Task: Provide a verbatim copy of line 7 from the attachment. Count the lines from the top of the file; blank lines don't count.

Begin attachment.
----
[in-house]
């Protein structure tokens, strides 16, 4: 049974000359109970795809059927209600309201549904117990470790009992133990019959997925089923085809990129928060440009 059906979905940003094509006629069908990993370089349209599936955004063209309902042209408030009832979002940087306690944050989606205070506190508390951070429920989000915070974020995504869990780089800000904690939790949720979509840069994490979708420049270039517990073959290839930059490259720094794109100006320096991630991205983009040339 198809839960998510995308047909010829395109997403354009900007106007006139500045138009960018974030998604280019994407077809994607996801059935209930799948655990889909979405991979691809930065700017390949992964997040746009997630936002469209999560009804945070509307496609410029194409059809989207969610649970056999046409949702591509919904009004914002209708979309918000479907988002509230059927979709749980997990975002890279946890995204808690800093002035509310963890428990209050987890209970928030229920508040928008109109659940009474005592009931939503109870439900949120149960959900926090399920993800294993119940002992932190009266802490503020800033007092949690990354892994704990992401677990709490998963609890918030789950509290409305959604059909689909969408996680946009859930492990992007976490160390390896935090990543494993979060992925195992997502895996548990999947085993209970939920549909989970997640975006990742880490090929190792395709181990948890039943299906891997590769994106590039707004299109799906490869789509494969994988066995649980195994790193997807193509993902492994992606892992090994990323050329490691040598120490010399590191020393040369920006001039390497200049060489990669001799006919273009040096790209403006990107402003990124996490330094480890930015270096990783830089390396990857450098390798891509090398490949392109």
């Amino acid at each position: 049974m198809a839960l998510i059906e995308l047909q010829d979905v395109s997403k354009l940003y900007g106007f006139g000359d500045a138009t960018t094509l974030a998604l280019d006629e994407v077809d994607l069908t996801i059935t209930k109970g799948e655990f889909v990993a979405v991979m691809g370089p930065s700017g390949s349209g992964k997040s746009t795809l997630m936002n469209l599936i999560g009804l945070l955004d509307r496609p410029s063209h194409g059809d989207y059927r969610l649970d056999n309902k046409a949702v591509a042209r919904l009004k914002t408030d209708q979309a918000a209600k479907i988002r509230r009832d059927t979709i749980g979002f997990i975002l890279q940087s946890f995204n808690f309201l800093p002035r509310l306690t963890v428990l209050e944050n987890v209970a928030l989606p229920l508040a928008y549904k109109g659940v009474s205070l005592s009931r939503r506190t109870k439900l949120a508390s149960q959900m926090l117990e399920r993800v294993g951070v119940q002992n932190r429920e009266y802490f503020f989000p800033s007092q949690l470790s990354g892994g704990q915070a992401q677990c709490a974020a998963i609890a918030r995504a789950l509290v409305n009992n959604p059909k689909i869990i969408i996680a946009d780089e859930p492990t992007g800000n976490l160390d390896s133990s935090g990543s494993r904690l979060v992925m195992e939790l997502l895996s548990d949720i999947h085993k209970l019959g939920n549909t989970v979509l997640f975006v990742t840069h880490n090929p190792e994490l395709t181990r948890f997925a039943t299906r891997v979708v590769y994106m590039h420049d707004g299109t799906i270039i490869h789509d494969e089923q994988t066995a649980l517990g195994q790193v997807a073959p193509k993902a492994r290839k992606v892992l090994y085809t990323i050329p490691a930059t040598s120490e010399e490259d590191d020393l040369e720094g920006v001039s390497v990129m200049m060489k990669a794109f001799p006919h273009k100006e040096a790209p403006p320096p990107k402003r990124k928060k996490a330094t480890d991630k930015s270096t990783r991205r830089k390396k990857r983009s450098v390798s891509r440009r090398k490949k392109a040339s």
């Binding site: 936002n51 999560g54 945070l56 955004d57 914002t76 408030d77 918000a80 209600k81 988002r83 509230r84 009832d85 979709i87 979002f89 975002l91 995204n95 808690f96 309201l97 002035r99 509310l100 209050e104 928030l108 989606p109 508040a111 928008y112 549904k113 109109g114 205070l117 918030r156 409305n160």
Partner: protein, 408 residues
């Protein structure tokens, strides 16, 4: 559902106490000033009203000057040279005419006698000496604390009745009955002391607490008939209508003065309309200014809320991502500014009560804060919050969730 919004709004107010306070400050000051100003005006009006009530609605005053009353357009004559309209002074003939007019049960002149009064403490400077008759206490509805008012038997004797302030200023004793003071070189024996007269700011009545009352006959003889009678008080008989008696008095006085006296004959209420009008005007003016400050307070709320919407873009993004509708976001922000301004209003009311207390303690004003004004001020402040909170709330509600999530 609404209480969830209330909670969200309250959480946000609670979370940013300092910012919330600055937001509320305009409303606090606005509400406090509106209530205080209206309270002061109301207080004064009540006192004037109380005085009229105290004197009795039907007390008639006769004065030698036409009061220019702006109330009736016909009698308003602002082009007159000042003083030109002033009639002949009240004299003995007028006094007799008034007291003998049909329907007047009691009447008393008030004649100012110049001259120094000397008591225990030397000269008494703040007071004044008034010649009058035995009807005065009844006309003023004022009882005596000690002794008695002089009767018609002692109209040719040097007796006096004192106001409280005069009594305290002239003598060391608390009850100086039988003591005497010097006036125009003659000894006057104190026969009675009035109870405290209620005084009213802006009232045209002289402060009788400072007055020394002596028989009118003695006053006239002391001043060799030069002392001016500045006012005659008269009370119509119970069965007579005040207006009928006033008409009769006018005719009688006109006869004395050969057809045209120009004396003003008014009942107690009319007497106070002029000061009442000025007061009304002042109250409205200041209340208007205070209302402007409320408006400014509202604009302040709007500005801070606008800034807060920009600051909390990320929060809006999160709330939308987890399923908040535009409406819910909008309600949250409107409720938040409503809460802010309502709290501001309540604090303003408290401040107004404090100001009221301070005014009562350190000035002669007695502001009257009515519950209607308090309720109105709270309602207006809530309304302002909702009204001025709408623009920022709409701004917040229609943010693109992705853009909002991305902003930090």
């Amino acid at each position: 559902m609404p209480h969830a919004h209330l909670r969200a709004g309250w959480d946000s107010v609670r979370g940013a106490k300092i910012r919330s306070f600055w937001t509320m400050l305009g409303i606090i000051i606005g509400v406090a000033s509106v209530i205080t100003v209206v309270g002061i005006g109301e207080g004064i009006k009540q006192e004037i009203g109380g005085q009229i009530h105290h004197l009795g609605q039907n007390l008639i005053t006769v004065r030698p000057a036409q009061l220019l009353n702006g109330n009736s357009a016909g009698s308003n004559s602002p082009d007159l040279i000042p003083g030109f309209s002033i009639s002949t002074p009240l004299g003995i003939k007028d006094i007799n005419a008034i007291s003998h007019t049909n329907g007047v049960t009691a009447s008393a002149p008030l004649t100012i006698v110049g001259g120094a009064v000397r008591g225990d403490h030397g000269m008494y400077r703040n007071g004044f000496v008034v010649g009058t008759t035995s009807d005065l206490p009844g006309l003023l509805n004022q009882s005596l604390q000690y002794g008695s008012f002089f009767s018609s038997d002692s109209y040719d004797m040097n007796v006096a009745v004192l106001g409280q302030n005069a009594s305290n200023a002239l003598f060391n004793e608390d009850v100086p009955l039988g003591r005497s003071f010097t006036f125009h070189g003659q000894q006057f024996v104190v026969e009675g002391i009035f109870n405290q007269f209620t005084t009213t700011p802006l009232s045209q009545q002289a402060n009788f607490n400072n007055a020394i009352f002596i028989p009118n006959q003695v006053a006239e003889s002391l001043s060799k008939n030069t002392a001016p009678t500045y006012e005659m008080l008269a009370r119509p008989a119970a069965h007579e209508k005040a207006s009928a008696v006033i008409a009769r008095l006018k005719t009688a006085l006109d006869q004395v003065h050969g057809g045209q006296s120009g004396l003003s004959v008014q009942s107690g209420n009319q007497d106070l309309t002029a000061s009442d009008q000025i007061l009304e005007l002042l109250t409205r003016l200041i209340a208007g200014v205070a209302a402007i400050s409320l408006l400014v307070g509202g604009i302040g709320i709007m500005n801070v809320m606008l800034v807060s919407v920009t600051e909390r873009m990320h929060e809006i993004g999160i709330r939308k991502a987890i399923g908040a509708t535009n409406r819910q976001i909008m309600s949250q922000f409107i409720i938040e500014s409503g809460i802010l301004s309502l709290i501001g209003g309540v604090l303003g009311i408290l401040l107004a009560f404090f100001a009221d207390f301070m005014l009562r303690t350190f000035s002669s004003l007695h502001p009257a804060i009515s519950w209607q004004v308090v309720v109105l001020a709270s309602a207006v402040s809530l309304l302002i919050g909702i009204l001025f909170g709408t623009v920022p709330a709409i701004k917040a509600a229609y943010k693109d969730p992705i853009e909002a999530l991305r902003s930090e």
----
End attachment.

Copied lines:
């Amino acid at each position: 559902m609404p209480h969830a919004h209330l909670r969200a709004g309250w959480d946000s107010v609670r979370g940013a106490k300092i910012r919330s306070f600055w937001t509320m400050l305009g409303i606090i000051i606005g509400v406090a000033s509106v209530i205080t100003v209206v309270g002061i005006g109301e207080g004064i009006k009540q006192e004037i009203g109380g005085q009229i009530h105290h004197l009795g609605q039907n007390l008639i005053t006769v004065r030698p000057a036409q009061l220019l009353n702006g109330n009736s357009a016909g009698s308003n004559s602002p082009d007159l040279i000042p003083g030109f309209s002033i009639s002949t002074p009240l004299g003995i003939k007028d006094i007799n005419a008034i007291s003998h007019t049909n329907g007047v049960t009691a009447s008393a002149p008030l004649t100012i006698v110049g001259g120094a009064v000397r008591g225990d403490h030397g000269m008494y400077r703040n007071g004044f000496v008034v010649g009058t008759t035995s009807d005065l206490p009844g006309l003023l509805n004022q009882s005596l604390q000690y002794g008695s008012f002089f009767s018609s038997d002692s109209y040719d004797m040097n007796v006096a009745v004192l106001g409280q302030n005069a009594s305290n200023a002239l003598f060391n004793e608390d009850v100086p009955l039988g003591r005497s003071f010097t006036f125009h070189g003659q000894q006057f024996v104190v026969e009675g002391i009035f109870n405290q007269f209620t005084t009213t700011p802006l009232s045209q009545q002289a402060n009788f607490n400072n007055a020394i009352f002596i028989p009118n006959q003695v006053a006239e003889s002391l001043s060799k008939n030069t002392a001016p009678t500045y006012e005659m008080l008269a009370r119509p008989a119970a069965h007579e209508k005040a207006s009928a008696v006033i008409a009769r008095l006018k005719t009688a006085l006109d006869q004395v003065h050969g057809g045209q006296s120009g004396l003003s004959v008014q009942s107690g209420n009319q007497d106070l309309t002029a000061s009442d009008q000025i007061l009304e005007l002042l109250t409205r003016l200041i209340a208007g200014v205070a209302a402007i400050s409320l408006l400014v307070g509202g604009i302040g709320i709007m500005n801070v809320m606008l800034v807060s919407v920009t600051e909390r873009m990320h929060e809006i993004g999160i709330r939308k991502a987890i399923g908040a509708t535009n409406r819910q976001i909008m309600s949250q922000f409107i409720i938040e500014s409503g809460i802010l301004s309502l709290i501001g209003g309540v604090l303003g009311i408290l401040l107004a009560f404090f100001a009221d207390f301070m005014l009562r303690t350190f000035s002669s004003l007695h502001p009257a804060i009515s519950w209607q004004v308090v309720v109105l001020a709270s309602a207006v402040s809530l309304l302002i919050g909702i009204l001025f909170g709408t623009v920022p709330a709409i701004k917040a509600a229609y943010k693109d969730p992705i853009e909002a999530l991305r902003s930090e």